New 2017 food allergy guidelines advise introduction of certain major food allergens (peanut), around 4-6 months, while continuing to breastfeed. Previous guidance (2013) advised avoidance of allergenic foods in the complementary feeding period does not prevent allergic disease and may increase risk of food allergy. We explored the timing of allergenic food introduction prior to the updated guidelines.
FITS 2016 is a U.S. cross-sectional survey of 3,224 children 0-48 months old. Twenty-four hour dietary recalls were conducted from June 2015-May 2016 by telephone with parents/caregivers to determine foods/beverages consumed. We analyzed the percentage of children 0-24 months (n=2,624) consuming foods containing nuts, tree-nuts, fish/shellfish, eggs, and milk (excluding breast milk & infant formula). Foods are categorized by their primary ingredient, resulting in exclusion of some allergens used as minor ingredients.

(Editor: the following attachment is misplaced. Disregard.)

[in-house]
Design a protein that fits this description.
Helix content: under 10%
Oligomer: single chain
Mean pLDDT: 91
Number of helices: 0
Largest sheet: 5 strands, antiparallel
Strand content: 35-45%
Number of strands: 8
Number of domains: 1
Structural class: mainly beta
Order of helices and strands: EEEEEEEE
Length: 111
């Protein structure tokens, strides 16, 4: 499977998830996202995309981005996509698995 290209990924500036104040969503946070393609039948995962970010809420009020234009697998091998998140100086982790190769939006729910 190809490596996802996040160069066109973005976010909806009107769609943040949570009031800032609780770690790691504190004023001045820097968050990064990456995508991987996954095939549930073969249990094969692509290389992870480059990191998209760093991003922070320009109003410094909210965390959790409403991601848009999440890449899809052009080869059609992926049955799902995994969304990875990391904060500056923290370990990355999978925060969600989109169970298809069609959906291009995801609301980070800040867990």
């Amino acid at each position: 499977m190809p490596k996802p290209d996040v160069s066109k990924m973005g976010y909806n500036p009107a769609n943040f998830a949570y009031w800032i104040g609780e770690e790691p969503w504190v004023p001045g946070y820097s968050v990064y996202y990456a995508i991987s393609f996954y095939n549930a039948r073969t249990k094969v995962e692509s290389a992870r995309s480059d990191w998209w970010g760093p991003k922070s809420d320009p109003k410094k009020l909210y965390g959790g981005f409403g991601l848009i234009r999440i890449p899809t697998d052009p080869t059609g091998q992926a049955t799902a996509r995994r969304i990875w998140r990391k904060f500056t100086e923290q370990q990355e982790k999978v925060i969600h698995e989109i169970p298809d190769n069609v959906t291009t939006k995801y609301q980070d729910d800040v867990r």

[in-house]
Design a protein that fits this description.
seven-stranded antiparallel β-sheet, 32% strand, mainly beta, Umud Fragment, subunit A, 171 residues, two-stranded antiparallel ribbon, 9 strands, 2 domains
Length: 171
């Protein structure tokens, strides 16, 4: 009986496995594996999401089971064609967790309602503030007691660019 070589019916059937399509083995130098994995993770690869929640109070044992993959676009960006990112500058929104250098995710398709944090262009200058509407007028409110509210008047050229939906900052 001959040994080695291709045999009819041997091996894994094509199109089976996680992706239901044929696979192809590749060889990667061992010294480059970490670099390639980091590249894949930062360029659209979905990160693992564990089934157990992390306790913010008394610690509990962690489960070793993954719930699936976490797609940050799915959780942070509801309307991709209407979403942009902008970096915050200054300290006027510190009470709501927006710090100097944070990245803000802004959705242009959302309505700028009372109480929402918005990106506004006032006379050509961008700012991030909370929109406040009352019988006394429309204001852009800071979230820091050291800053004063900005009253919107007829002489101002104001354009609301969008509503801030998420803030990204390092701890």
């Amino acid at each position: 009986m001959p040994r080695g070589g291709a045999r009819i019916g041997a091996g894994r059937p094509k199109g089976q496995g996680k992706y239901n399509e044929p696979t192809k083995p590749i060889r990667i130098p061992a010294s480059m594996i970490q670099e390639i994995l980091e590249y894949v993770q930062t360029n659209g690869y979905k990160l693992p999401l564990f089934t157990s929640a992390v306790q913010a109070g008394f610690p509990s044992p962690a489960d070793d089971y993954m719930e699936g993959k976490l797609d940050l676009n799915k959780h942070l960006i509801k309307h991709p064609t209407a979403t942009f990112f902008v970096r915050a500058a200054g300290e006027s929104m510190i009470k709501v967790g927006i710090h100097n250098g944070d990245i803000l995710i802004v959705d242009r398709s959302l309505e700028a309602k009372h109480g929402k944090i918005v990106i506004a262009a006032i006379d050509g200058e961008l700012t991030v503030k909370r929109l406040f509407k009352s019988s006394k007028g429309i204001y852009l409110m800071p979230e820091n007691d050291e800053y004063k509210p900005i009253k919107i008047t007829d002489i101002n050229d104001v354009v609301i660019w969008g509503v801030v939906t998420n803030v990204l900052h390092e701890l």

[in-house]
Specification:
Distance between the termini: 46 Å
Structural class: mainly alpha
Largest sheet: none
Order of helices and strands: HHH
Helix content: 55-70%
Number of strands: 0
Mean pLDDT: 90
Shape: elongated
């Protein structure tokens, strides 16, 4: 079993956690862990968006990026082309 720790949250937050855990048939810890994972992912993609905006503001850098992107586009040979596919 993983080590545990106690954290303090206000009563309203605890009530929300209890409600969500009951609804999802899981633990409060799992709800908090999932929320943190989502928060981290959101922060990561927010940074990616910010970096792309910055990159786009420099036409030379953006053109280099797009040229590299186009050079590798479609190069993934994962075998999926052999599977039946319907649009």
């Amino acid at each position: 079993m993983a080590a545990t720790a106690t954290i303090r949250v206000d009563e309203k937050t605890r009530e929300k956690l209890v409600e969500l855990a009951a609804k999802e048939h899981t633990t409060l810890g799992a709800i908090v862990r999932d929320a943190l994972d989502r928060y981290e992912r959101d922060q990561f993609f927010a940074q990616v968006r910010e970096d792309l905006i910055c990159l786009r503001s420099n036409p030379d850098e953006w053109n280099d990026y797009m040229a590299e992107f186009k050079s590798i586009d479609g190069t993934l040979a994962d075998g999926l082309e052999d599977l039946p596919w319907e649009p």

Results: Between 4-5.9 months, no infants ate peanuts, tree-nuts, or fish/shellfish. Few ate eggs (1.5%), milk (2%), cheese (0.8%), and yogurt (2.2%). Among 6-11.9 month olds, 2.4% consumed peanuts or tree-nuts, 1.6% consumed fish/shellfish, 11.3% eggs, 10.2% milk, 9% cheese, and 7.5% yogurt. Between 12-23.9 months, most consumed milk (82.9%) and about 1/4-1/3 had cheese (36.1%), yogurt (23.4%), and eggs (27.2%); some ate nuts/seeds (17%) and peanut butter sandwiches (4%), and fish/shellfish (6.9%).
The 2016 FITS provides important nationally representative data. Few infants consumed allergen-containing foods prior to 12 months, demonstrating the need to increase awareness about new pediatric recommendations on the introduction of food allergens early during complementary feeding. This is important baseline data to track changes in consumption.